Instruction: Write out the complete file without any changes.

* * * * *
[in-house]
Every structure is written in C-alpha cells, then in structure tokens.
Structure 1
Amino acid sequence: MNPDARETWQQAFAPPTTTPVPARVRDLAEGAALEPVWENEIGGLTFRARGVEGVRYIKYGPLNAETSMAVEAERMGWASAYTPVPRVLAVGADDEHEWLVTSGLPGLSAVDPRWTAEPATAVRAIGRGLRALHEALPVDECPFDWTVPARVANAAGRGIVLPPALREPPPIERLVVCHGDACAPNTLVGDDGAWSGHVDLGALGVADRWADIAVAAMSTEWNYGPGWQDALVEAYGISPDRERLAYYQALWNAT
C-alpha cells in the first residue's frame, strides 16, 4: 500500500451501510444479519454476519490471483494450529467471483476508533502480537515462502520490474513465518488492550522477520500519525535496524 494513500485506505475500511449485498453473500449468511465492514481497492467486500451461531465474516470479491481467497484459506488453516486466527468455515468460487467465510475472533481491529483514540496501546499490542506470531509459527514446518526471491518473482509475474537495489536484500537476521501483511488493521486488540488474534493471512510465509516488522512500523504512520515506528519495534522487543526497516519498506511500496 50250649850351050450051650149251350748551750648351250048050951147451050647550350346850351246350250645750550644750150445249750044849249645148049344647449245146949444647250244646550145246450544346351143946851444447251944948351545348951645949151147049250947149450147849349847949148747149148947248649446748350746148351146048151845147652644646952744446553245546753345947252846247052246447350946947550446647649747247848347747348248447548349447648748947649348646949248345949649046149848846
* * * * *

[in-house]
Every structure is written in C-alpha cells, then in structure tokens.
Structure 1
Amino acid sequence: MNPDARETWQQAFAPPTTTPVPARVRDLAEGAALEPVWENEIGGLTFRARGVEGVRYIKYGPLNAETSMAVEAERMGWASAYTPVPRVLAVGADDEHEWLVTSGLPGLSAVDPRWTAEPATAVRAIGRGLRALHEALPVDECPFDWTVPARVANAAGRGIVLPPALREPPPIERLVVCHGDACAPNTLVGDDGAWSGHVDLGALGVADRWADIAVAAMSTEWNYGPGWQDALVEAYGISPDRERLAYYQALWNAT
C-alpha cells in the first residue's frame, strides 16, 4: 500500500451501510444479519454476519490471483494450529467471483476508533502480537515462502520490474513465518488492550522477520500519525535496524 494513500485506505475500511449485498453473500449468511465492514481497492467486500451461531465474516470479491481467497484459506488453516486466527468455515468460487467465510475472533481491529483514540496501546499490542506470531509459527514446518526471491518473482509475474537495489536484500537476521501483511488493521486488540488474534493471512510465509516488522512500523504512520515506528519495534522487543526497516519498506511500496 50250649850351050450051650149251350748551750648351250048050951147451050647550350346850351246350250645750550644750150445249750044849249645148049344647449245146949444647250244646550145246450544346351143946851444447251944948351545348951645949151147049250947149450147849349847949148747149148947248649446748350746148351146048151845147652644646952744446553245546753345947252846247052246447350946947550446647649747247848347747348248447548349447648748947649348646949248345949649046149848846